Feminism, Women’s Liberation, and ‘Free Love’.

Many campaigns of contemporary women’s liberation struggles carry with them a number of sexual overtones and undertones that tend to divert attention from the main issue which is the emancipation of women. Unfortunately some of the rhetoric and ideology of feminism directs its attack upon man, representing him regardless of his class as the main enemy. Without a political perspective, and a genuine historical and scientific analysis of society, such a campaign can only degenerate into an individualist orientated adventure at odds with the real struggle of workingwomen for real equality. Feminist tactics, that include middle-strata romanticism, often result in the alienation of potential and actual allies. The true emancipation of women is inextricably bound up with the economic and social emancipation of the working class as a whole – which includes men.

Early in 1974 a national television programme entitled ‘Open Door’ portrayed the activities of a women’s film group that produced films to further the liberation of women. Unfortunately, despite its genuine activity, the political understanding of inequalities was not made. This was proven by one scene representing a staged industrial dispute involving some women in a factory. The solidarity requested from fellow male workers was rejected by an individual male convenor. This senior male shop steward was shown, somewhat exaggeratedly as a pompous, chauvinistic man who appeared on the scene reading the ‘Morning Star’ and who proceeded to insultingly condemn and reject the pleas of the striking women. The naivete lies in the ignorance of all the years of joint and often bitter struggle of both the male and female workers and trade unionists for better conditions for all. The political naivete was again exemplified by the image shown of the ‘Morning Star’ read by the chauvinist convenor. No recognition of that paper’s or its predecessor the ‘Daily Worker’, valiant and consistent campaigning for true emancipation of women in British capitalist society over many, many years.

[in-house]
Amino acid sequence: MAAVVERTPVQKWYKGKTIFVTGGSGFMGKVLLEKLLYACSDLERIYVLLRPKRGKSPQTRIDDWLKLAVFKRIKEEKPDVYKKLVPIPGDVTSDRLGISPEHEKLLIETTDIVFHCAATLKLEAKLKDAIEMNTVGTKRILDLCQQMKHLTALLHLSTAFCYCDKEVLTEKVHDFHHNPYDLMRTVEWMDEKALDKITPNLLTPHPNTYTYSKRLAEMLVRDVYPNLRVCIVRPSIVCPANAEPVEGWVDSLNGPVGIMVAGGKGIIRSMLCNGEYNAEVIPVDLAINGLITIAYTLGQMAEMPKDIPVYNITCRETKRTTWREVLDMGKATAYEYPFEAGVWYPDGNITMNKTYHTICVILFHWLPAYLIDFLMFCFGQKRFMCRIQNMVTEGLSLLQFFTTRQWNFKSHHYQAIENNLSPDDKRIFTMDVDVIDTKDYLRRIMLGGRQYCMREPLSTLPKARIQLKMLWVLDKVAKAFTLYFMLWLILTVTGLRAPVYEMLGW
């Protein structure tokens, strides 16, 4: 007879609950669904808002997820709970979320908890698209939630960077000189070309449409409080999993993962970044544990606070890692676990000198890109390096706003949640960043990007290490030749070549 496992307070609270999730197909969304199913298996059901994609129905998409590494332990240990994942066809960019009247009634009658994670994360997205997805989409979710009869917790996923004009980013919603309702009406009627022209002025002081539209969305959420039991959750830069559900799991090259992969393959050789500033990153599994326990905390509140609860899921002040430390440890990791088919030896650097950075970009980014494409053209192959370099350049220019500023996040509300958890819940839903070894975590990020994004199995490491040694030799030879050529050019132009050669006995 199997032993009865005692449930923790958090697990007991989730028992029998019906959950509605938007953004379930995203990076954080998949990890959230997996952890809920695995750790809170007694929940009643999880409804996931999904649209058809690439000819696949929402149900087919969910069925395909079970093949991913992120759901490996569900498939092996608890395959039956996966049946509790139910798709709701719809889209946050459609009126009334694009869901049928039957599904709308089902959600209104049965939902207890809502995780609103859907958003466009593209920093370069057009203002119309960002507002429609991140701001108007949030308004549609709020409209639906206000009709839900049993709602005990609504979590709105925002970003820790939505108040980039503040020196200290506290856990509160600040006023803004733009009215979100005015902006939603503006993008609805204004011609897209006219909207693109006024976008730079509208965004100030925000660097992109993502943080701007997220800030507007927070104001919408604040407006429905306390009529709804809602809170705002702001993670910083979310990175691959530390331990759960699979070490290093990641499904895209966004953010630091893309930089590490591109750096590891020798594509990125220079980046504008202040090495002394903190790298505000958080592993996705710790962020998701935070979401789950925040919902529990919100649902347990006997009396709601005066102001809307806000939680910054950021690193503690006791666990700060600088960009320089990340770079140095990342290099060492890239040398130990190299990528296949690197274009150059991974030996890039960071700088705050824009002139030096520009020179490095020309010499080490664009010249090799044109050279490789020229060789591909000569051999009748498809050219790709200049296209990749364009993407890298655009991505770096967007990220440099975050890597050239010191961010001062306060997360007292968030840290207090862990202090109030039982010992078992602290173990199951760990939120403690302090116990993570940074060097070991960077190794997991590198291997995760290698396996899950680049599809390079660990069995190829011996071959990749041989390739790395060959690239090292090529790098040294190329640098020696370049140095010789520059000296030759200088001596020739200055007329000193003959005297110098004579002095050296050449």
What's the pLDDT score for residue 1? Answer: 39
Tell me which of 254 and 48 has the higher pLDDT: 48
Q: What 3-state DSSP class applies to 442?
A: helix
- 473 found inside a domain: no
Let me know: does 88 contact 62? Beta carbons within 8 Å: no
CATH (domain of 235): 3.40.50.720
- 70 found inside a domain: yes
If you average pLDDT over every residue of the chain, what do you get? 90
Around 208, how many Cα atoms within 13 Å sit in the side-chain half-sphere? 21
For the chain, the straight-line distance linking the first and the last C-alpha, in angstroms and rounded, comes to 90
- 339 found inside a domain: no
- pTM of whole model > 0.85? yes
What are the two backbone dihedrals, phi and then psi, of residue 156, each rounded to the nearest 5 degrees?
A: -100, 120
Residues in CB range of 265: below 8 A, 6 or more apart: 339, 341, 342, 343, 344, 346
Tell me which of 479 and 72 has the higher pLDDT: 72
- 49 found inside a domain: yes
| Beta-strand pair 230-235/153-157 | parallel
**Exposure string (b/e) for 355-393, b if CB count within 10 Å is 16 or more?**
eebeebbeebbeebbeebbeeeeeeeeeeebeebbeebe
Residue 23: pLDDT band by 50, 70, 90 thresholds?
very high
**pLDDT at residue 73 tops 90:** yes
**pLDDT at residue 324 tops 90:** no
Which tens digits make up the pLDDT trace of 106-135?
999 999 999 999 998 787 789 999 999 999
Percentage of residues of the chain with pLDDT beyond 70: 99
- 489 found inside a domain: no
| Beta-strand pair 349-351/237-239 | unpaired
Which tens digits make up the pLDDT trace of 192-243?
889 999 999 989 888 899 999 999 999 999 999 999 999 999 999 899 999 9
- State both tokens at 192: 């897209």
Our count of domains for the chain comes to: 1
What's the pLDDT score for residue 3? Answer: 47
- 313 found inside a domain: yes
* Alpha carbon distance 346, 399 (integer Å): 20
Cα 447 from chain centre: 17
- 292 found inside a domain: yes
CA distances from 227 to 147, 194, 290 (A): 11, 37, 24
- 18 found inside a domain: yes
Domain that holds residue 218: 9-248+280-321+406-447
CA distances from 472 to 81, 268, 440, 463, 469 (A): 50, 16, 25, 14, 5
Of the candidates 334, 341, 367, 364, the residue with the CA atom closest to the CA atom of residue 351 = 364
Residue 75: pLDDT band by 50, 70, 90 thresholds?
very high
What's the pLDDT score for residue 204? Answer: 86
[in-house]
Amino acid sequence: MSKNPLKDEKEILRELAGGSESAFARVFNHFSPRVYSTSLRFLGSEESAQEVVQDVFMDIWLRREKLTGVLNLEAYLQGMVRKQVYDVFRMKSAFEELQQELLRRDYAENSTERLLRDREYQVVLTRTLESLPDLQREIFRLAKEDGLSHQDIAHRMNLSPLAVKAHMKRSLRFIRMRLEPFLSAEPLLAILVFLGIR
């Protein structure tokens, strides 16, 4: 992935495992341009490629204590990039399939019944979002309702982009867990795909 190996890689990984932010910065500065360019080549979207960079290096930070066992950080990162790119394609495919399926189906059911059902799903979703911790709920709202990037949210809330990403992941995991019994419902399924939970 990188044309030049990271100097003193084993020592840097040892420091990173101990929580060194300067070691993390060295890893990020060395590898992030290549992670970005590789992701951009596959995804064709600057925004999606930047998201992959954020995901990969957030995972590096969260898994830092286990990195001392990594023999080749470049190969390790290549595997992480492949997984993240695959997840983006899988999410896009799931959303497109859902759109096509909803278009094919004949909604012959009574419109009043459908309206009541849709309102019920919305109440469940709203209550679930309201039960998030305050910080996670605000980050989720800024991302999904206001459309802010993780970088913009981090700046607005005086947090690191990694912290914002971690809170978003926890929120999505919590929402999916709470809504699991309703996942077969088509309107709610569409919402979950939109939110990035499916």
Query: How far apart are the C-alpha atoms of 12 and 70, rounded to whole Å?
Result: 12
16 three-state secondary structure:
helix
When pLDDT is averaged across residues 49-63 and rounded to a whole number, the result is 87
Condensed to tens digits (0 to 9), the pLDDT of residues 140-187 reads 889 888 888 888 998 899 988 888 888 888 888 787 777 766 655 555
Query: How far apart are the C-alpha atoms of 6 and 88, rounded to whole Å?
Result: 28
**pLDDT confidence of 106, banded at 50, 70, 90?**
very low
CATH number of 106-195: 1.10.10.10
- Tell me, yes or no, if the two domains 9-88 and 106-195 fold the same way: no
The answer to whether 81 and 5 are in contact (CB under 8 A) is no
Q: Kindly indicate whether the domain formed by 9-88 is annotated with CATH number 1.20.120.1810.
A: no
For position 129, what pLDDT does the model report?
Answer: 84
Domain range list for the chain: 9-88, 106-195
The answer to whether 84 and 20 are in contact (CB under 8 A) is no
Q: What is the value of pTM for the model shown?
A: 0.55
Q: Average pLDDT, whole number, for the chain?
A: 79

Not only do we have amongst many men an entrenched bourgeois orientated ideology – we have it amongst women too! Women’s liberation that insists on restricting the campaign to demands for sexual ‘freedom’ avoids the main problem – class society. The emancipation of women is a part of the overall class struggle to establish socialism – it is not solely an individual matter or a demand to make promiscuity socially acceptable. We must therefore examine further the actual situation, the necessary tactics for the present and strategy for the future. We will find that the adventurist and ‘romantic revolutionary’ demand for the abolition of the family or monogamy is in reality a bourgeois demand based on a middle-strata orientated outlook. In part some people have misinterpreted or slandered Marxist theories of marriage and the family by claiming that socialism equates with ‘free love’. This is not the case at all.

The demand for ‘free love’ is not a working class demand – on the contrary, it is essentially a demand put forward by some feminists with bourgeois or middle-strata outlooks. We must ask what do people mean by the demand for ‘free love’? The demand for such a concept of ‘love’ is a subjective demand that is the opposite of the objective analysis of love based upon existing class relations. The demand for ‘free love’ by bourgeois orientated women revolves around the avoidance of problematic emotional involvements to enjoy temporary assignations; the possibility of removing sanctions against extra-marital relations; and the irresponsibility of avoiding genuine relationships concerning childbirth. As we can see, such an outlook is a far cry from the women of the working class when demanding real equality and freedom. Working class women who realise that only the abolition of capitalism will eradicate the inequalities within their homes and marital relations do not demand ‘free love’. No, these conscious women recognise that the issue is one of objective class demands, not one of individual subjective desires. It is within the atmosphere and conditions of bourgeois relations that subjective considerations of sexual love without responsibility or equality arise – not in the context of working class struggle.

To be continued


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